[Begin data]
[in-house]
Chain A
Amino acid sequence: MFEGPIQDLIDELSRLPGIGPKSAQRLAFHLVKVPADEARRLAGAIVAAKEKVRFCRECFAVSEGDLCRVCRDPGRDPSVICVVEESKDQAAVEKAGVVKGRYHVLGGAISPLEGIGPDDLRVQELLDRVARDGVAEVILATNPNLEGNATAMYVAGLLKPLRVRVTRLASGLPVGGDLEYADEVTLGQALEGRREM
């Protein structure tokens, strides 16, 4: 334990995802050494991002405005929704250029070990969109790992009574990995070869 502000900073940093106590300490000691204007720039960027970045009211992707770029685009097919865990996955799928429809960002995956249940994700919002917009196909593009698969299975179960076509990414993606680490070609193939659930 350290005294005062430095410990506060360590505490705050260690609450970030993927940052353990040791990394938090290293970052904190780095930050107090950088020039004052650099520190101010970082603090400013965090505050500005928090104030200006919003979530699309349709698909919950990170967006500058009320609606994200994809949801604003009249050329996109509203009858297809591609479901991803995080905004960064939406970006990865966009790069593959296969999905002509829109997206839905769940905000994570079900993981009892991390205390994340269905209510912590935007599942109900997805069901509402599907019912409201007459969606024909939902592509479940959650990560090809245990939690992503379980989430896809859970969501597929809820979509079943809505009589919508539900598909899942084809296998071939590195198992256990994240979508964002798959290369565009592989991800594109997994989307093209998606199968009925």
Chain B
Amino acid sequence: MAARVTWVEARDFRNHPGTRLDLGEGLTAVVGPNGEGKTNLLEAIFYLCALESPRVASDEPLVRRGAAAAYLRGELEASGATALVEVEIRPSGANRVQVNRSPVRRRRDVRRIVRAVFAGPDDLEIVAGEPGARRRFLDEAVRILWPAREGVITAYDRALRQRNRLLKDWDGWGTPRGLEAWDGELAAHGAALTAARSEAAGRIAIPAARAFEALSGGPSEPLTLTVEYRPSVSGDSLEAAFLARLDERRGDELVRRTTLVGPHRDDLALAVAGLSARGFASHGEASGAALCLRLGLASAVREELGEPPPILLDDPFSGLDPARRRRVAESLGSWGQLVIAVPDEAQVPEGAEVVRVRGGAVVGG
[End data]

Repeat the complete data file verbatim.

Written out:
[in-house]
Chain A
Amino acid sequence: MFEGPIQDLIDELSRLPGIGPKSAQRLAFHLVKVPADEARRLAGAIVAAKEKVRFCRECFAVSEGDLCRVCRDPGRDPSVICVVEESKDQAAVEKAGVVKGRYHVLGGAISPLEGIGPDDLRVQELLDRVARDGVAEVILATNPNLEGNATAMYVAGLLKPLRVRVTRLASGLPVGGDLEYADEVTLGQALEGRREM
């Protein structure tokens, strides 16, 4: 334990995802050494991002405005929704250029070990969109790992009574990995070869 502000900073940093106590300490000691204007720039960027970045009211992707770029685009097919865990996955799928429809960002995956249940994700919002917009196909593009698969299975179960076509990414993606680490070609193939659930 350290005294005062430095410990506060360590505490705050260690609450970030993927940052353990040791990394938090290293970052904190780095930050107090950088020039004052650099520190101010970082603090400013965090505050500005928090104030200006919003979530699309349709698909919950990170967006500058009320609606994200994809949801604003009249050329996109509203009858297809591609479901991803995080905004960064939406970006990865966009790069593959296969999905002509829109997206839905769940905000994570079900993981009892991390205390994340269905209510912590935007599942109900997805069901509402599907019912409201007459969606024909939902592509479940959650990560090809245990939690992503379980989430896809859970969501597929809820979509079943809505009589919508539900598909899942084809296998071939590195198992256990994240979508964002798959290369565009592989991800594109997994989307093209998606199968009925």
Chain B
Amino acid sequence: MAARVTWVEARDFRNHPGTRLDLGEGLTAVVGPNGEGKTNLLEAIFYLCALESPRVASDEPLVRRGAAAAYLRGELEASGATALVEVEIRPSGANRVQVNRSPVRRRRDVRRIVRAVFAGPDDLEIVAGEPGARRRFLDEAVRILWPAREGVITAYDRALRQRNRLLKDWDGWGTPRGLEAWDGELAAHGAALTAARSEAAGRIAIPAARAFEALSGGPSEPLTLTVEYRPSVSGDSLEAAFLARLDERRGDELVRRTTLVGPHRDDLALAVAGLSARGFASHGEASGAALCLRLGLASAVREELGEPPPILLDDPFSGLDPARRRRVAESLGSWGQLVIAVPDEAQVPEGAEVVRVRGGAVVGG